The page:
The high-press enacted by Robertson and Alexander-Arnold meant that Ederson was forced to play the ball long, and crucially not into his centre backs or full backs. The prevented the fast and direct progression of the ball up the field that is so crucial to Guardiola’s sides’ style.
There was very symbolic moment in that game where Manchester City’s back four found themselves in possession of the ball on the edge of their own 18-yard box.
It was the 76th minute and Liverpool were leading 4-1. The game was seemingly done. Not in Andy Robertson’s mind, however. He hounded and hurried and pressed John Stones and Nicolas Otamendi who looked shell-shocked. It was the absolute embodiment of Klopp’s Liverpool. From that point onwards, it has always looked like City were quite scared of Liverpool’s threat. There had been something of a changing of the guard; they had beaten Liverpool 5-0 only 4 months prior.
The influence of the fullbacks on these games in recent years cannot be understated. Typically, it has been Alexander-Arnold and Robertson who have had the upper hand. Supressing their threat is vital for City’s hopes.
Who will win the midfield battle?
In both the 3-0 Champions League game and the 3-1 league win for Liverpool in the autumn of 2019 the midfield was a crucial battleground that they convincingly won. The opening goals in both of these games display this.
Oxlade-Chamberlain was able to drive into the final third and rifled a shot past Ederson in front of the Kop; while Fabinho picked the ball up from a poor defensive clearance and arrowed his shot past Ederson.
Opposite ends of the pitch, but both players were able to find space in an area of the pitch that had crucially been abdicated by Manchester City’s midfield.
Guardiola has tried various tactics to try and combat the midfield battle that his side so often loses to Liverpool. Even in their 2-1 victory at the Etihad in January 2020, that essentially decided the league, the dynamism of Jordan Henderson and Fabinho ran City ragged.
His attempt at a ‘midfield square’ in Europe failed miserably. In an attempt to combat the threat of Mane and Salah, Guardiola deployed Gundogan as an extra body. Unfortunately it did not work as Gundogan found himself getting dragged into a more narrow position, leaving Walker on his own to deal with the terrifying left hand side of Robertson and Mane.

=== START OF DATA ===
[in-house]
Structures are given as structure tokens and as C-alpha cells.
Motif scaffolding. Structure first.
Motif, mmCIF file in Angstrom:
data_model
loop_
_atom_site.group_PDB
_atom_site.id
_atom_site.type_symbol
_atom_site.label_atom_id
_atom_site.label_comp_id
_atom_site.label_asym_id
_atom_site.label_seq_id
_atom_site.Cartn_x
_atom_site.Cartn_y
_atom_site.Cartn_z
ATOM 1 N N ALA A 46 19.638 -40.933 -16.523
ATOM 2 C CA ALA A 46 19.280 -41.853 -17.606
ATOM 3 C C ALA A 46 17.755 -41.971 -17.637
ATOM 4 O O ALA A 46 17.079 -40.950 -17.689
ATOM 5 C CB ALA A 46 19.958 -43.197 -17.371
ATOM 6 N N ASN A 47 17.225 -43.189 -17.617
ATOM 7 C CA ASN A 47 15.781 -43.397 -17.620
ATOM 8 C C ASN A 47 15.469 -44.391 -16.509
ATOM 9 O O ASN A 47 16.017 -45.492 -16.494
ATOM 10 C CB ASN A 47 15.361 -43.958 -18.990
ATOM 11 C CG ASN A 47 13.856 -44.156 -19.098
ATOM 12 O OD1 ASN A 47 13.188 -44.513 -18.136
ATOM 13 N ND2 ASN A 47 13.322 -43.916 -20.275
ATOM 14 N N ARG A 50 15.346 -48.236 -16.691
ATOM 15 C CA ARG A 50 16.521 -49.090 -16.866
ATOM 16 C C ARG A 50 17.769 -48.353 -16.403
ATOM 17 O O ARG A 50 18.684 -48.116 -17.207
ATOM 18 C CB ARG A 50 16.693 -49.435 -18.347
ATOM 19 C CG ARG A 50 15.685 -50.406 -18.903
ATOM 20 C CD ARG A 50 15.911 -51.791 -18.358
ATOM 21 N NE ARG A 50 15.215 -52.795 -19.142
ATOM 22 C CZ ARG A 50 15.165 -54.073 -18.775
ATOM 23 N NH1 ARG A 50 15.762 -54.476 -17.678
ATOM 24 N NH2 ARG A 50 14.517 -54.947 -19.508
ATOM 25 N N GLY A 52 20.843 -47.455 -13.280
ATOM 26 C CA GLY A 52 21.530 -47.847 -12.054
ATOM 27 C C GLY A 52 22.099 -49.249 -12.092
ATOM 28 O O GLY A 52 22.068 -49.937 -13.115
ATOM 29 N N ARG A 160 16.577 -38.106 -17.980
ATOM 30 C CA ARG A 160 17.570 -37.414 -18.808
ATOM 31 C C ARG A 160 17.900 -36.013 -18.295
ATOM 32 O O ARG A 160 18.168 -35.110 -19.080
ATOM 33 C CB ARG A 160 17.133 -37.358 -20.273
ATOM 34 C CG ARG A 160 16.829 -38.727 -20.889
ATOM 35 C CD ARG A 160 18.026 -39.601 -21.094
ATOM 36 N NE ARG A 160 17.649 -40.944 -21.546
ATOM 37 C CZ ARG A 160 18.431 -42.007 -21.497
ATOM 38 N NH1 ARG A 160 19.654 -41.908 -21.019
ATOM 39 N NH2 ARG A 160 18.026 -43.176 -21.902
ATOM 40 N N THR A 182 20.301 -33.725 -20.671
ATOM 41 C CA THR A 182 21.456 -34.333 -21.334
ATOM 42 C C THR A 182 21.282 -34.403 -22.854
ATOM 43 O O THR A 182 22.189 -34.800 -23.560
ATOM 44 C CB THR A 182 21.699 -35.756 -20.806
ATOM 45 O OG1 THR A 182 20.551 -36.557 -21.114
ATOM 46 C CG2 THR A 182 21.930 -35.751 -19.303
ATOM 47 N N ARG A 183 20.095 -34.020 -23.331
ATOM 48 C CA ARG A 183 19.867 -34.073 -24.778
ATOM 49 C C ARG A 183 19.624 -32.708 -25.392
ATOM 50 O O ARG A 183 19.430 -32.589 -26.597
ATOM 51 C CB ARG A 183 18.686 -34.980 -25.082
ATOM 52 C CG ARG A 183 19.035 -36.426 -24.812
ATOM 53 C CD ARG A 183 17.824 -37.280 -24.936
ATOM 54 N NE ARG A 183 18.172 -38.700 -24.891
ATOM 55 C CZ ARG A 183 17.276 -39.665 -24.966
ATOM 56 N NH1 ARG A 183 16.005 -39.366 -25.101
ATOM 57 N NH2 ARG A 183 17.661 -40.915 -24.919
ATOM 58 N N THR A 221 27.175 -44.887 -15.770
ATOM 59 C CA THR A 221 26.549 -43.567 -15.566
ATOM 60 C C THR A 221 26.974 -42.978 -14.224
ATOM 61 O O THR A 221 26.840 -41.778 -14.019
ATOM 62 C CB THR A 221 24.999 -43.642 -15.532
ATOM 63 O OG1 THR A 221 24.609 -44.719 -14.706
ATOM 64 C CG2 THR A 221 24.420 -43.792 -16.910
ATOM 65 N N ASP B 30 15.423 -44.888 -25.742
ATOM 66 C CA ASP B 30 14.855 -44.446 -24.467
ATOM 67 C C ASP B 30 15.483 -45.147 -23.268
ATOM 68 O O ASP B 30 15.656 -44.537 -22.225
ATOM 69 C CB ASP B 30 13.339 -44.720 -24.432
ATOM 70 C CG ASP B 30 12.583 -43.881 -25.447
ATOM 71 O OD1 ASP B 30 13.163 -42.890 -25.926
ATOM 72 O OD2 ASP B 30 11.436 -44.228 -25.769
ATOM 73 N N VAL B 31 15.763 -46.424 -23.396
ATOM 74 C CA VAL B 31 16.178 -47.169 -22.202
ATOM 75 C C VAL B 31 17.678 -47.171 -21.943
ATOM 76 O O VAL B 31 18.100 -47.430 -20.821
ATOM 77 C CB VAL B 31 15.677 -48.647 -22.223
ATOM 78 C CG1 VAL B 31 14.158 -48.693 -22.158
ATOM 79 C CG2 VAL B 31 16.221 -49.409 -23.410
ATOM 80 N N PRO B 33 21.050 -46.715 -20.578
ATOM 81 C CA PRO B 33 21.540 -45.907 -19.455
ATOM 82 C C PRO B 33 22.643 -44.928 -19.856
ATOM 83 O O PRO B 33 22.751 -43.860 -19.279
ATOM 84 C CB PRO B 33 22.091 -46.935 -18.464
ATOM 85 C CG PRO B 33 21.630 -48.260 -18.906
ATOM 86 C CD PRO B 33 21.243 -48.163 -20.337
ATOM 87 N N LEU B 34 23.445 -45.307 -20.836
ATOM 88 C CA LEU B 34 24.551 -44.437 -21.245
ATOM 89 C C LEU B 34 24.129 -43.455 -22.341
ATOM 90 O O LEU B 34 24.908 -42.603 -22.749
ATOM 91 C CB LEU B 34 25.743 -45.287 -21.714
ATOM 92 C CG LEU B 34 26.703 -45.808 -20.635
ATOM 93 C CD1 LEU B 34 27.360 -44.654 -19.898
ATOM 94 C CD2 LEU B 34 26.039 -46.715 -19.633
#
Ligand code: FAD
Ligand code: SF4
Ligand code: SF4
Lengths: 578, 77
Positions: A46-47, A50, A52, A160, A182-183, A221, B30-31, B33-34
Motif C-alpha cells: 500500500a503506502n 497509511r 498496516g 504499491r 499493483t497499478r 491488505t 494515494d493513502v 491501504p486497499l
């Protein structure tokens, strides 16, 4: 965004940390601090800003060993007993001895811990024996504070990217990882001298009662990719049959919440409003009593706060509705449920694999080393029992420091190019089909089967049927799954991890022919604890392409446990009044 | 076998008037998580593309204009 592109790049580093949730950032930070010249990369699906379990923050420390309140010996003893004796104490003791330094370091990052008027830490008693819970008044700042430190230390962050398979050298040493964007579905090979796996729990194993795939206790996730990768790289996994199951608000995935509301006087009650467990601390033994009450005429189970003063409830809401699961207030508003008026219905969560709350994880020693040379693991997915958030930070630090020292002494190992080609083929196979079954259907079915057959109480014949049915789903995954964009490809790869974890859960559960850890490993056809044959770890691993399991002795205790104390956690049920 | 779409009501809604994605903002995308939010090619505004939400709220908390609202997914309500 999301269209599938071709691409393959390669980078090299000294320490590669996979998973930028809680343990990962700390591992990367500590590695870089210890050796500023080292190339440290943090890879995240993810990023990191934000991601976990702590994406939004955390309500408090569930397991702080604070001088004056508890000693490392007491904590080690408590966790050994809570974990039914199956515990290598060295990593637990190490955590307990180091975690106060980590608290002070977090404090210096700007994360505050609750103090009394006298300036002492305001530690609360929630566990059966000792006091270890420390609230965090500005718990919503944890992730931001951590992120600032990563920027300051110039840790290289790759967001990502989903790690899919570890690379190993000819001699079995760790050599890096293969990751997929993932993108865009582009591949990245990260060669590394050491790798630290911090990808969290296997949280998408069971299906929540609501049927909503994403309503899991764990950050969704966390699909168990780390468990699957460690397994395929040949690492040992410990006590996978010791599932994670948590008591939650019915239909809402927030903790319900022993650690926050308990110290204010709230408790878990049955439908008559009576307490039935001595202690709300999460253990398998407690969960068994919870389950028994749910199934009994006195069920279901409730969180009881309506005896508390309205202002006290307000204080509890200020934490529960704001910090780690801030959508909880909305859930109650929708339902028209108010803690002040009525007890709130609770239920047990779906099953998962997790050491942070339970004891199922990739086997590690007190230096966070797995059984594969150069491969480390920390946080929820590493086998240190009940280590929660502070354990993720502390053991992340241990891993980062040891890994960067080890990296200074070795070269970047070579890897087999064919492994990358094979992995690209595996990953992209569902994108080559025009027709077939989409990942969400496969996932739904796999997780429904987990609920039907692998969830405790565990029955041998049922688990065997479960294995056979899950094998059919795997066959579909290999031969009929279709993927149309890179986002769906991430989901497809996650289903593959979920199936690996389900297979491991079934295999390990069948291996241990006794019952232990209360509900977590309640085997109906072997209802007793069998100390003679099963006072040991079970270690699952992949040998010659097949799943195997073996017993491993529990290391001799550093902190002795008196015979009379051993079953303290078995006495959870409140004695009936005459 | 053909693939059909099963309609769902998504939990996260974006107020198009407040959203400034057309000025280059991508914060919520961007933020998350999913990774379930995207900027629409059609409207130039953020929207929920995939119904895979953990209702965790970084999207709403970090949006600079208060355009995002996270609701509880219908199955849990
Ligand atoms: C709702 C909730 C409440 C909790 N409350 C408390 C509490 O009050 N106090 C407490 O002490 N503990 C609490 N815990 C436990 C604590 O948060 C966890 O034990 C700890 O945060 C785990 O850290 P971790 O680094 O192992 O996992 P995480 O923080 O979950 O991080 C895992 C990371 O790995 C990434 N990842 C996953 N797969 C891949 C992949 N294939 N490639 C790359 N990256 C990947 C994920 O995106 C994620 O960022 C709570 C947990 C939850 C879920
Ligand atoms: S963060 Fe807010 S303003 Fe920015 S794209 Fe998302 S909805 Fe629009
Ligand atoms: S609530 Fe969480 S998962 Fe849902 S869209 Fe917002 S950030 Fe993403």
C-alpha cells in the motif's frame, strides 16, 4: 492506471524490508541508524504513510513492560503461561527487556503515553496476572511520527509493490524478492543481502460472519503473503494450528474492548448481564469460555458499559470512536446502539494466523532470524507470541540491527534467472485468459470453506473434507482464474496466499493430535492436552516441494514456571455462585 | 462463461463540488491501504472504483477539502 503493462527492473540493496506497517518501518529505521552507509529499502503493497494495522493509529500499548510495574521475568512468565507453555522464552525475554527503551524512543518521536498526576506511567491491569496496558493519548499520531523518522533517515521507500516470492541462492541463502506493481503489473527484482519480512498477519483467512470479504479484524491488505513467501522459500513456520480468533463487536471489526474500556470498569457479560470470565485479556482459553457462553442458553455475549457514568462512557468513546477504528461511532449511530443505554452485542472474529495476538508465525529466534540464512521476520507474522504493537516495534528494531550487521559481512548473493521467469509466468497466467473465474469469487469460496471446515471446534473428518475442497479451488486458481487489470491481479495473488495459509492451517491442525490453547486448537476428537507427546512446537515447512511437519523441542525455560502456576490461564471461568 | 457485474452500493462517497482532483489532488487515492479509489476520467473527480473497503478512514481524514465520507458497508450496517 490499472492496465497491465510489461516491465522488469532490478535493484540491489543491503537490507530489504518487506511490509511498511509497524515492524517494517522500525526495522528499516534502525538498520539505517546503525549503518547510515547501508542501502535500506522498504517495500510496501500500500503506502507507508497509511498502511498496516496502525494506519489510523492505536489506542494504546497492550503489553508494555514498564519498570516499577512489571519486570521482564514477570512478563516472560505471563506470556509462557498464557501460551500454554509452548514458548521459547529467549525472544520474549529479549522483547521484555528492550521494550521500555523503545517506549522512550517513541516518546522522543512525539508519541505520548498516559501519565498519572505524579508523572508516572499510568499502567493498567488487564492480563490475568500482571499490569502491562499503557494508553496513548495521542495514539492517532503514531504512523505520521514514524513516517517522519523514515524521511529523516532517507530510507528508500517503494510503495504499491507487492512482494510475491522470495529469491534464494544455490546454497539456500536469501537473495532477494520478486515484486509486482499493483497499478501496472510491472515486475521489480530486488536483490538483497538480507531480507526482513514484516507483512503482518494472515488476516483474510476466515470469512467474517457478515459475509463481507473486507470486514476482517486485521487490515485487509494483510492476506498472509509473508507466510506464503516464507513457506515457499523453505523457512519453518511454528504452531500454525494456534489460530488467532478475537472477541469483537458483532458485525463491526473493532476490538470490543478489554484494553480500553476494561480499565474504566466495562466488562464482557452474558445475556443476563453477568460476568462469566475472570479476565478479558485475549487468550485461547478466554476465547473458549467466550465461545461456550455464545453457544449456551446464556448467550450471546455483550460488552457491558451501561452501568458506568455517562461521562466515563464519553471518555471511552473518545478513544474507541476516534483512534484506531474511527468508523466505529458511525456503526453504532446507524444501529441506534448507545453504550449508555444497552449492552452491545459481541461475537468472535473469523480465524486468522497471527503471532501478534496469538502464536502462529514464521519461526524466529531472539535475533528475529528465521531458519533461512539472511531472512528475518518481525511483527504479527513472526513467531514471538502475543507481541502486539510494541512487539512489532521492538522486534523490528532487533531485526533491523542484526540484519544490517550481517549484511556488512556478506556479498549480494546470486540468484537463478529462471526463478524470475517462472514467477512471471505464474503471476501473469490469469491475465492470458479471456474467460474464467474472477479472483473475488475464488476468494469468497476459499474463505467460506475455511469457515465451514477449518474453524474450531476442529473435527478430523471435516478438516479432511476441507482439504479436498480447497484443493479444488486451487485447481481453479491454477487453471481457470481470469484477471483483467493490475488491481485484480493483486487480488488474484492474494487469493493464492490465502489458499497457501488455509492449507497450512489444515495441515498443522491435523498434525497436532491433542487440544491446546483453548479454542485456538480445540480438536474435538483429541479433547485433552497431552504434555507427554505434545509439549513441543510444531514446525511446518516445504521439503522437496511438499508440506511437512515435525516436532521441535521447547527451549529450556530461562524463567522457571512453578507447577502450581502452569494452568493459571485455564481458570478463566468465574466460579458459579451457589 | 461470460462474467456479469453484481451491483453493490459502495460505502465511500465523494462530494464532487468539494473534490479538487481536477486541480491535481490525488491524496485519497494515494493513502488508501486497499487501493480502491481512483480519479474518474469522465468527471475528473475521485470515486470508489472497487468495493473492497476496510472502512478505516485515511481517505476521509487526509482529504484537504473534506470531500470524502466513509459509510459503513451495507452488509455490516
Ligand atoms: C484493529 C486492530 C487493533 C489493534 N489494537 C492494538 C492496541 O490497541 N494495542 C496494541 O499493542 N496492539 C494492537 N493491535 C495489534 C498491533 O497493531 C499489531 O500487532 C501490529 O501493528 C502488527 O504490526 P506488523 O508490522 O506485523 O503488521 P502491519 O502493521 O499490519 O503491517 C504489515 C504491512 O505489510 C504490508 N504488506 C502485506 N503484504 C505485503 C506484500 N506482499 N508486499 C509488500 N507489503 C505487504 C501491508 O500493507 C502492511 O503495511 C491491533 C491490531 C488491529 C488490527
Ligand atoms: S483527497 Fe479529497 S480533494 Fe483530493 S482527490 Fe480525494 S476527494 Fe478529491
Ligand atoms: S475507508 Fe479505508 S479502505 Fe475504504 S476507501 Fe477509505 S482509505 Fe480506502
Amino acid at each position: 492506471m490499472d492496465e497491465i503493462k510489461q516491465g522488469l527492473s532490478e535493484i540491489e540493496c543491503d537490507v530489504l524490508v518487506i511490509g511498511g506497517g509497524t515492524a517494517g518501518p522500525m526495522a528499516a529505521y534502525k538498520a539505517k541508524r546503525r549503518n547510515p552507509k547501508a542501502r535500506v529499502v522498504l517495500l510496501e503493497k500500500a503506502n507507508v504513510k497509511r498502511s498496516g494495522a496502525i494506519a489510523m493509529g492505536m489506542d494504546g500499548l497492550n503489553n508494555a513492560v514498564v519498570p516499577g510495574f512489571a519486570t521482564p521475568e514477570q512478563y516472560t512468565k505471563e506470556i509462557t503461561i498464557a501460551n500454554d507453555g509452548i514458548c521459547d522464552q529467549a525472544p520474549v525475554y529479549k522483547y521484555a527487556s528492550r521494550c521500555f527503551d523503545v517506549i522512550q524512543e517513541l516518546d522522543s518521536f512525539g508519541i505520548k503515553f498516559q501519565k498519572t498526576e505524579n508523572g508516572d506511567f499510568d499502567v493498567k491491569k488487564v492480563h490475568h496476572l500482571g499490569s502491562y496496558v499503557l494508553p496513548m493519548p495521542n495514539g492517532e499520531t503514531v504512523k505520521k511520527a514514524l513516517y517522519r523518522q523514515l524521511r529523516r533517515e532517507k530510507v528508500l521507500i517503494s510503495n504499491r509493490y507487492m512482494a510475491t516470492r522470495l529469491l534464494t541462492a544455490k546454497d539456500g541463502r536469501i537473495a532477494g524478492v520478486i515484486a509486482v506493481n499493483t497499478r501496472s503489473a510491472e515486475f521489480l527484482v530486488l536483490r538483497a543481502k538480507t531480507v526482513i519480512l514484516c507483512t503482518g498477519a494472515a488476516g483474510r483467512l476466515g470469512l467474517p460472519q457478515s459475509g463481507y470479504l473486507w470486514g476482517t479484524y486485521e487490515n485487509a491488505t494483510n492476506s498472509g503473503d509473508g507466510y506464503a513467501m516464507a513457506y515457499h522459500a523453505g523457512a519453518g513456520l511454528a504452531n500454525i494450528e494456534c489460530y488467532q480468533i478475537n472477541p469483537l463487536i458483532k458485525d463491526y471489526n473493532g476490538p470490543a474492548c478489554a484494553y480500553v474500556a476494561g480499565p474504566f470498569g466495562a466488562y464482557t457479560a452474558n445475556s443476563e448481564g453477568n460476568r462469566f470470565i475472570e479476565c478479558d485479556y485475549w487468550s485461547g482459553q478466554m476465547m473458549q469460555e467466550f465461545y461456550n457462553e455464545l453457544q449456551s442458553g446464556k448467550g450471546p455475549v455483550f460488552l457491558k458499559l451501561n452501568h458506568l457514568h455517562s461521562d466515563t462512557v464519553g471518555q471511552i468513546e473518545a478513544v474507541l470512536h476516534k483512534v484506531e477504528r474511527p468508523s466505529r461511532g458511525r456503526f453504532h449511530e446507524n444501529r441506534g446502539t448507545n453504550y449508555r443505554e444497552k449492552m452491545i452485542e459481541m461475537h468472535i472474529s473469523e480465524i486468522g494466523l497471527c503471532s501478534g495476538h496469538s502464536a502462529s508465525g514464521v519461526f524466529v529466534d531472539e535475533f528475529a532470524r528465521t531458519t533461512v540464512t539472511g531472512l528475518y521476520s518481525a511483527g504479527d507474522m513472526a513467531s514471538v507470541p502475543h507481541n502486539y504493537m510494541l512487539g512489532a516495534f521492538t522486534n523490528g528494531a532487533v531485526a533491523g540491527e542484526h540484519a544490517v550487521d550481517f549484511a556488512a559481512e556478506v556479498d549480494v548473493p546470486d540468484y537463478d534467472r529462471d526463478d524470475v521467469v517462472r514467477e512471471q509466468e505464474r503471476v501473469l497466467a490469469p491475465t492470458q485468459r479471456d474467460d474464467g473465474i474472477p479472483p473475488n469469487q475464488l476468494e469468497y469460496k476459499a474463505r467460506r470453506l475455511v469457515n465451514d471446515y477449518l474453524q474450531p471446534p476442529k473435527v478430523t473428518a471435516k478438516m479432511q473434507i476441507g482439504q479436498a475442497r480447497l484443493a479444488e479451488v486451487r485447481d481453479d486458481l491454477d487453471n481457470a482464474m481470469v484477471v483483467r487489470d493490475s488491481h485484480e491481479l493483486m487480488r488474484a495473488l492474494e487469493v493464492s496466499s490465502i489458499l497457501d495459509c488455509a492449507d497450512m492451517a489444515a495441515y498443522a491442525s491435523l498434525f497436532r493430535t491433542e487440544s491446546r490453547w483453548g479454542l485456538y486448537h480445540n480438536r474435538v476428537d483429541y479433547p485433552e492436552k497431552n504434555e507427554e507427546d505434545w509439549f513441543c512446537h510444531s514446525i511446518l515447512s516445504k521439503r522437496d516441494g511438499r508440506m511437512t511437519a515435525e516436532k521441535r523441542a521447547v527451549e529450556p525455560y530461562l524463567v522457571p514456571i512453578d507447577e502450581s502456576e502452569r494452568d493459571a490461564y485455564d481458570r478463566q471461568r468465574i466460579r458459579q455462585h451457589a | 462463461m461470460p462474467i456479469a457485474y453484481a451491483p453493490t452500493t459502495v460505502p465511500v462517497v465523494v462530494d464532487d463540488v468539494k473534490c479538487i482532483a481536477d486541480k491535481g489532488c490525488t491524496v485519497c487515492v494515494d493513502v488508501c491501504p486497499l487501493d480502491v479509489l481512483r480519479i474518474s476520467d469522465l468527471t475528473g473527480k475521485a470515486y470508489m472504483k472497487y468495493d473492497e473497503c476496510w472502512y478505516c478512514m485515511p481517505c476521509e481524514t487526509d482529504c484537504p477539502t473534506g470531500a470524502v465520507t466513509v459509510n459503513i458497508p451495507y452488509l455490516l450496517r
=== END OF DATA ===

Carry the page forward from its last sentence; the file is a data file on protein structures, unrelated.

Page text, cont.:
City come into this game with a midfield that is hot in form; whereas Liverpool comes into it with serious questions hanging over the viability of theirs. But, as impressive as the Citizens performance was at Burnley, the intensity of the Lancashire sides press does not compare with Liverpool’s.
Gundogan and Fernandinho are likely to start in a 4-3-2-1 shape on Sunday, and despite their stellar form, both have struggled at the champions before. Quick and accurate ball rotation and retention will be key for City protecting their two-midfield stars. If Liverpool rediscover their suffocating best, City’s midfield could be in for a long afternoon.
Liverpool vs Man City prediction
The form says yes. Manchester City’s record says no. Regardless of Liverpool’s poor form since the New Year, there seems something silly about backing against them.
The head says Manchester City will batter them, and the result will go with the form. The heart says Liverpool, through a combination of grit, determination and a relentless press, are going to kickstart one of the great Premier League title races.